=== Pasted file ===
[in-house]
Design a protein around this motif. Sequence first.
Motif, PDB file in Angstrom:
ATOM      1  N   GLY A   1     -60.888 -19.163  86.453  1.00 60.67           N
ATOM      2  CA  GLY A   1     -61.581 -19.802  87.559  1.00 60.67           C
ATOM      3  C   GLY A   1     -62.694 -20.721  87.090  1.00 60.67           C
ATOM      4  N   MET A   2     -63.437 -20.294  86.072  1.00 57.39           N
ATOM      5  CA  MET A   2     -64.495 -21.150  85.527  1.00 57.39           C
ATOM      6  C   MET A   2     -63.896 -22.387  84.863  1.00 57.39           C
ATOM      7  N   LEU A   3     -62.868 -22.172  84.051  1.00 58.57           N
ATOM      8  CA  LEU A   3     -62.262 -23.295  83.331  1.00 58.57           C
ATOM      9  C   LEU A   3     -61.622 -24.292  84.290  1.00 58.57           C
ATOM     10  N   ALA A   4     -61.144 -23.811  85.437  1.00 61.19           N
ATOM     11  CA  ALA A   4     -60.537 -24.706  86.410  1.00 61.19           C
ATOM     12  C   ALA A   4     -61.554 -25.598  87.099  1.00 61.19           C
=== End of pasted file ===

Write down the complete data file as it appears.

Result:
[in-house]
Design a protein around this motif. Sequence first.
Motif, PDB file in Angstrom:
ATOM      1  N   GLY A   1     -60.888 -19.163  86.453  1.00 60.67           N
ATOM      2  CA  GLY A   1     -61.581 -19.802  87.559  1.00 60.67           C
ATOM      3  C   GLY A   1     -62.694 -20.721  87.090  1.00 60.67           C
ATOM      4  N   MET A   2     -63.437 -20.294  86.072  1.00 57.39           N
ATOM      5  CA  MET A   2     -64.495 -21.150  85.527  1.00 57.39           C
ATOM      6  C   MET A   2     -63.896 -22.387  84.863  1.00 57.39           C
ATOM      7  N   LEU A   3     -62.868 -22.172  84.051  1.00 58.57           N
ATOM      8  CA  LEU A   3     -62.262 -23.295  83.331  1.00 58.57           C
ATOM      9  C   LEU A   3     -61.622 -24.292  84.290  1.00 58.57           C
ATOM     10  N   ALA A   4     -61.144 -23.811  85.437  1.00 61.19           N
ATOM     11  CA  ALA A   4     -60.537 -24.706  86.410  1.00 61.19           C
ATOM     12  C   ALA A   4     -61.554 -25.598  87.099  1.00 61.19           C